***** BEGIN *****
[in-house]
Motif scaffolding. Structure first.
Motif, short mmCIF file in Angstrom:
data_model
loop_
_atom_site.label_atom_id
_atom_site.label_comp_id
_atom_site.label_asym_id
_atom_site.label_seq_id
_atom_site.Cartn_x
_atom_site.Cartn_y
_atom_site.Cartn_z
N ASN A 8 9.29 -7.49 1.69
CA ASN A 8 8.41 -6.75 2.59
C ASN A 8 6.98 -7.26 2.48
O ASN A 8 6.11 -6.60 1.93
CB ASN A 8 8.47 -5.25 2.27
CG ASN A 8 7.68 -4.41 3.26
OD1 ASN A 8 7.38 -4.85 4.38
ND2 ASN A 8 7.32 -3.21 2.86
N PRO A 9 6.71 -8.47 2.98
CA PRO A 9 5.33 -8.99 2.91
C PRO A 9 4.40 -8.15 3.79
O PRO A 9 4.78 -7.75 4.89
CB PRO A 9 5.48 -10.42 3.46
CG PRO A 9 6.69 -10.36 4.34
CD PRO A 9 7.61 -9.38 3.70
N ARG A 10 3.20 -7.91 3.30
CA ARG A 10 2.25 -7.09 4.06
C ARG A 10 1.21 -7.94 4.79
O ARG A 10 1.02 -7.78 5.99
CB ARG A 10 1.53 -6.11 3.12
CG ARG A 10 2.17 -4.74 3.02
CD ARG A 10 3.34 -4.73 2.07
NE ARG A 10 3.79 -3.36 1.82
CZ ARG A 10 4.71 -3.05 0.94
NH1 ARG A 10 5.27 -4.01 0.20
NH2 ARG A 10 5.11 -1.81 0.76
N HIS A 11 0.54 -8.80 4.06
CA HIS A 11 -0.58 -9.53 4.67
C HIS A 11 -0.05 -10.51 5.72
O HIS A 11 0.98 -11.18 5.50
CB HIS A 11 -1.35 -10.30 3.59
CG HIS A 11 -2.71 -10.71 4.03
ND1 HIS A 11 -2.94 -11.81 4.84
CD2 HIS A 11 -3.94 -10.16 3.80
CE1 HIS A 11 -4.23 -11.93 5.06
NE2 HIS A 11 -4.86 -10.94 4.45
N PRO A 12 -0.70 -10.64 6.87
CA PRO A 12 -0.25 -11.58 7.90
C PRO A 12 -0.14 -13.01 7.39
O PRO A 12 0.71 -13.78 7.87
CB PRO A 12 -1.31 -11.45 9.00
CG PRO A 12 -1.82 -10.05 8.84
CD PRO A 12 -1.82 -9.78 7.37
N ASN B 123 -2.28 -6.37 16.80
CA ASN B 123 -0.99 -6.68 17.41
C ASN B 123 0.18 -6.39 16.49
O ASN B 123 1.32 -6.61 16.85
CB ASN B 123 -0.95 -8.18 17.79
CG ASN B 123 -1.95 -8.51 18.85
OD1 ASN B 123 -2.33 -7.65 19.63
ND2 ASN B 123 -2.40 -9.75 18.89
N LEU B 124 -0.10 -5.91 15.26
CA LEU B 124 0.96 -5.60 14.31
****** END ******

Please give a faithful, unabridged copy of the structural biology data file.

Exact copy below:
[in-house]
Motif scaffolding. Structure first.
Motif, short mmCIF file in Angstrom:
data_model
loop_
_atom_site.label_atom_id
_atom_site.label_comp_id
_atom_site.label_asym_id
_atom_site.label_seq_id
_atom_site.Cartn_x
_atom_site.Cartn_y
_atom_site.Cartn_z
N ASN A 8 9.29 -7.49 1.69
CA ASN A 8 8.41 -6.75 2.59
C ASN A 8 6.98 -7.26 2.48
O ASN A 8 6.11 -6.60 1.93
CB ASN A 8 8.47 -5.25 2.27
CG ASN A 8 7.68 -4.41 3.26
OD1 ASN A 8 7.38 -4.85 4.38
ND2 ASN A 8 7.32 -3.21 2.86
N PRO A 9 6.71 -8.47 2.98
CA PRO A 9 5.33 -8.99 2.91
C PRO A 9 4.40 -8.15 3.79
O PRO A 9 4.78 -7.75 4.89
CB PRO A 9 5.48 -10.42 3.46
CG PRO A 9 6.69 -10.36 4.34
CD PRO A 9 7.61 -9.38 3.70
N ARG A 10 3.20 -7.91 3.30
CA ARG A 10 2.25 -7.09 4.06
C ARG A 10 1.21 -7.94 4.79
O ARG A 10 1.02 -7.78 5.99
CB ARG A 10 1.53 -6.11 3.12
CG ARG A 10 2.17 -4.74 3.02
CD ARG A 10 3.34 -4.73 2.07
NE ARG A 10 3.79 -3.36 1.82
CZ ARG A 10 4.71 -3.05 0.94
NH1 ARG A 10 5.27 -4.01 0.20
NH2 ARG A 10 5.11 -1.81 0.76
N HIS A 11 0.54 -8.80 4.06
CA HIS A 11 -0.58 -9.53 4.67
C HIS A 11 -0.05 -10.51 5.72
O HIS A 11 0.98 -11.18 5.50
CB HIS A 11 -1.35 -10.30 3.59
CG HIS A 11 -2.71 -10.71 4.03
ND1 HIS A 11 -2.94 -11.81 4.84
CD2 HIS A 11 -3.94 -10.16 3.80
CE1 HIS A 11 -4.23 -11.93 5.06
NE2 HIS A 11 -4.86 -10.94 4.45
N PRO A 12 -0.70 -10.64 6.87
CA PRO A 12 -0.25 -11.58 7.90
C PRO A 12 -0.14 -13.01 7.39
O PRO A 12 0.71 -13.78 7.87
CB PRO A 12 -1.31 -11.45 9.00
CG PRO A 12 -1.82 -10.05 8.84
CD PRO A 12 -1.82 -9.78 7.37
N ASN B 123 -2.28 -6.37 16.80
CA ASN B 123 -0.99 -6.68 17.41
C ASN B 123 0.18 -6.39 16.49
O ASN B 123 1.32 -6.61 16.85
CB ASN B 123 -0.95 -8.18 17.79
CG ASN B 123 -1.95 -8.51 18.85
OD1 ASN B 123 -2.33 -7.65 19.63
ND2 ASN B 123 -2.40 -9.75 18.89
N LEU B 124 -0.10 -5.91 15.26
CA LEU B 124 0.96 -5.60 14.31